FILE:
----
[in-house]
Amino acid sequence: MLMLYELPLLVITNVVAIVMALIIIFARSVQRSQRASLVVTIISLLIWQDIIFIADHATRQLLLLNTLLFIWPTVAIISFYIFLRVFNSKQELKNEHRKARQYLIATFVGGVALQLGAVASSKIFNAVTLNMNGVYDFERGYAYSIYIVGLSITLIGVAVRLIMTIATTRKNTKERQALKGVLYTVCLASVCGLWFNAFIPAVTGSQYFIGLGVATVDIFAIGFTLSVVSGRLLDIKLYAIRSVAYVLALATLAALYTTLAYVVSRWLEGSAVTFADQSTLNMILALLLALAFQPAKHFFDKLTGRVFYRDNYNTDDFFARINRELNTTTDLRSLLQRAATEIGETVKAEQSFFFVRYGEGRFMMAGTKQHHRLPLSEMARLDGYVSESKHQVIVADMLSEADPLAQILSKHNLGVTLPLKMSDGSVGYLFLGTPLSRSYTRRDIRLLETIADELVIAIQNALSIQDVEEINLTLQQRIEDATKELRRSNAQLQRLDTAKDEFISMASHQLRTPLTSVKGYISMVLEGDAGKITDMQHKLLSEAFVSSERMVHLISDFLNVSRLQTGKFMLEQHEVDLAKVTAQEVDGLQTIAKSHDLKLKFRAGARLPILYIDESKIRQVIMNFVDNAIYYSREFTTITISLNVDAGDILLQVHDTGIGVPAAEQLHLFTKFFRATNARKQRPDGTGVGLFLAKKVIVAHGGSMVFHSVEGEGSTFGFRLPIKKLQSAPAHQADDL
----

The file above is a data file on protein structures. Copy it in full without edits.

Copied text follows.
[in-house]
Amino acid sequence: MLMLYELPLLVITNVVAIVMALIIIFARSVQRSQRASLVVTIISLLIWQDIIFIADHATRQLLLLNTLLFIWPTVAIISFYIFLRVFNSKQELKNEHRKARQYLIATFVGGVALQLGAVASSKIFNAVTLNMNGVYDFERGYAYSIYIVGLSITLIGVAVRLIMTIATTRKNTKERQALKGVLYTVCLASVCGLWFNAFIPAVTGSQYFIGLGVATVDIFAIGFTLSVVSGRLLDIKLYAIRSVAYVLALATLAALYTTLAYVVSRWLEGSAVTFADQSTLNMILALLLALAFQPAKHFFDKLTGRVFYRDNYNTDDFFARINRELNTTTDLRSLLQRAATEIGETVKAEQSFFFVRYGEGRFMMAGTKQHHRLPLSEMARLDGYVSESKHQVIVADMLSEADPLAQILSKHNLGVTLPLKMSDGSVGYLFLGTPLSRSYTRRDIRLLETIADELVIAIQNALSIQDVEEINLTLQQRIEDATKELRRSNAQLQRLDTAKDEFISMASHQLRTPLTSVKGYISMVLEGDAGKITDMQHKLLSEAFVSSERMVHLISDFLNVSRLQTGKFMLEQHEVDLAKVTAQEVDGLQTIAKSHDLKLKFRAGARLPILYIDESKIRQVIMNFVDNAIYYSREFTTITISLNVDAGDILLQVHDTGIGVPAAEQLHLFTKFFRATNARKQRPDGTGVGLFLAKKVIVAHGGSMVFHSVEGEGSTFGFRLPIKKLQSAPAHQADDL